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Papillon

Papillon is a 1973 historical drama prison film directed by Franklin J. Schaffner. The screenplay by Dalton Trumbo and Lorenzo Semple Jr. was based on the 1969 autobiography by the French convict Henri Charrière. The film stars Steve McQueen as Charrière ("Papillon") and Dustin Hoffman as Louis Dega. Because it was filmed at remote locations, the film was quite expensive for the time ($12 million), but it earned more than twice that in its first year of release. The film's title is French for "Butterfly," referring to Charrière's tattoo and nickname.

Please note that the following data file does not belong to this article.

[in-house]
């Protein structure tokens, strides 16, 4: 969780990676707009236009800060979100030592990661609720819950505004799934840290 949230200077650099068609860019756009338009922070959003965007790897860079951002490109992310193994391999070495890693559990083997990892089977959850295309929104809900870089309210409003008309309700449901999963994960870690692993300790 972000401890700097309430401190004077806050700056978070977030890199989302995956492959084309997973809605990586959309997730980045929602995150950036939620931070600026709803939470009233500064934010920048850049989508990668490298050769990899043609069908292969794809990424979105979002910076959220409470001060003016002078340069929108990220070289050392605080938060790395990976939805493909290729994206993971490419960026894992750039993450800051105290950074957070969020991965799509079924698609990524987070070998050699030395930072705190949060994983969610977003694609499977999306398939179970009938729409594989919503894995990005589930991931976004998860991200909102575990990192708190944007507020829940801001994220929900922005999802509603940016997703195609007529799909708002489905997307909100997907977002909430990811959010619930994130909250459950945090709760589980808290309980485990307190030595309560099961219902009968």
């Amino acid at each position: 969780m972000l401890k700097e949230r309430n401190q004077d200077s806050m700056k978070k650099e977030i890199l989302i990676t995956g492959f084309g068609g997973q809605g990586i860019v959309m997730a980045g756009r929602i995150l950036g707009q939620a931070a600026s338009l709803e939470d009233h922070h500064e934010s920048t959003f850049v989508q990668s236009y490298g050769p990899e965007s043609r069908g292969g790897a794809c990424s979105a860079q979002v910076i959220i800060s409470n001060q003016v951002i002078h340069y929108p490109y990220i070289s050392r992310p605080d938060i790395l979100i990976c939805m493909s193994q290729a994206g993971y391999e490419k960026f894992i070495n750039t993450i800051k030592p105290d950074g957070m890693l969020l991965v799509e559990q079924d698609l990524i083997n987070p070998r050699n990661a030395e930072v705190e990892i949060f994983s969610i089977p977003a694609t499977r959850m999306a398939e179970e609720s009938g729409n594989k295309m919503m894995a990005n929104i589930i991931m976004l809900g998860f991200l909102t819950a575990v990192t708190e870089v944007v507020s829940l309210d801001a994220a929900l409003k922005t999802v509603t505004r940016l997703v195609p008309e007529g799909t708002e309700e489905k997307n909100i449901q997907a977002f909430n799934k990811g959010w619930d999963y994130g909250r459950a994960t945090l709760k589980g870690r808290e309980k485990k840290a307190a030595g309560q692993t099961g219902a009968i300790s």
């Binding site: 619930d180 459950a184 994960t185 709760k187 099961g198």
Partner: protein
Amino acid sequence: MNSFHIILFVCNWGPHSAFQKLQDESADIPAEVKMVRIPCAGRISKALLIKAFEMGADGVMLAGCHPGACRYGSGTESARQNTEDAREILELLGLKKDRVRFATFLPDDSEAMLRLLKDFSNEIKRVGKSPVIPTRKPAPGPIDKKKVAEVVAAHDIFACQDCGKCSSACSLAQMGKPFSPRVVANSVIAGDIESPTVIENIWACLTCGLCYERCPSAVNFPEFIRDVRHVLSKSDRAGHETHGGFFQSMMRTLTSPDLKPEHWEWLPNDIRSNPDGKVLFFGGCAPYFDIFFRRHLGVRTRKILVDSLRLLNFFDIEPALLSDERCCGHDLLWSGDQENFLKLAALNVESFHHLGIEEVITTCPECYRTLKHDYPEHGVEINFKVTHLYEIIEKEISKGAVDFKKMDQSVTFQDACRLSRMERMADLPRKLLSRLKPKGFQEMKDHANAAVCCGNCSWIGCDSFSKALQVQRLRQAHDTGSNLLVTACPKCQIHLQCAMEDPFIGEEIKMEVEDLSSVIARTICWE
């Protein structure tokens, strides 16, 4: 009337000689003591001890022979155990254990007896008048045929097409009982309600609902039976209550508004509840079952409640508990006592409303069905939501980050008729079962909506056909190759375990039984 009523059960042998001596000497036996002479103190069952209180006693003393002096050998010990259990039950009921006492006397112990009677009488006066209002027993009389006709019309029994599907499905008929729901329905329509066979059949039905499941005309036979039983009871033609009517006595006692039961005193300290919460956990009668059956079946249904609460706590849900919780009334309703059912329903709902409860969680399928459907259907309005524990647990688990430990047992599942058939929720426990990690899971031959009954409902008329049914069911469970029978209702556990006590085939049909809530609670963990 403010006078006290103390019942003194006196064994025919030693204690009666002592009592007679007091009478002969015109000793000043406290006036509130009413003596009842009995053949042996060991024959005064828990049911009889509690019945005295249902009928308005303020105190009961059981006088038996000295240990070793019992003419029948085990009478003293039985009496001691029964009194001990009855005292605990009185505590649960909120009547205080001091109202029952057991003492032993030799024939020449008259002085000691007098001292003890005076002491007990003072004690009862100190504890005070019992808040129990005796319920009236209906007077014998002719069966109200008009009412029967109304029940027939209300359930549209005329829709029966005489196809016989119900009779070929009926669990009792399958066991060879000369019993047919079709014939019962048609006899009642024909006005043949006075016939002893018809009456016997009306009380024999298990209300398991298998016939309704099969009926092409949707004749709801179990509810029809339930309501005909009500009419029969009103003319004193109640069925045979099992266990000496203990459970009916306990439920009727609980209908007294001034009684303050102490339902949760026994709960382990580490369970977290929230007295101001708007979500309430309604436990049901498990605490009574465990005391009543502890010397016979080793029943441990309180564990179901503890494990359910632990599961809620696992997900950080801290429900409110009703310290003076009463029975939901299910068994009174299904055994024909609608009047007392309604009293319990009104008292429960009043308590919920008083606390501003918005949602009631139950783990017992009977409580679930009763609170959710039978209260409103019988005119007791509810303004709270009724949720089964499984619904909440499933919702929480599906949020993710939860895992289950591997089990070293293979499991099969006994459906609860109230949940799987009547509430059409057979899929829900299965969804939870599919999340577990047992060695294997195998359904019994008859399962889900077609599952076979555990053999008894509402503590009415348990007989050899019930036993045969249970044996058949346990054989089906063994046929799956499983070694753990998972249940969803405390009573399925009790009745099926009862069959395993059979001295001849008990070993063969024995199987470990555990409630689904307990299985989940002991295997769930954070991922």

Plot

Henri Charrière (Steve McQueen), a safecracker nicknamed "Papillon" because of the butterfly tattoo on his chest, is wrongly convicted of murdering a pimp. In 1933 he is sentenced to life imprisonment within the penal system in French Guiana. En route, he meets a fellow convict, Louis Dega (Dustin Hoffman), an infamous forger and embezzler who is convinced that his wife will secure his release. Papillon offers to protect Dega if he will fund the former's escape once they reach Guiana. Enduring the horrors of life in a jungle labor camp, the two eventually become friends.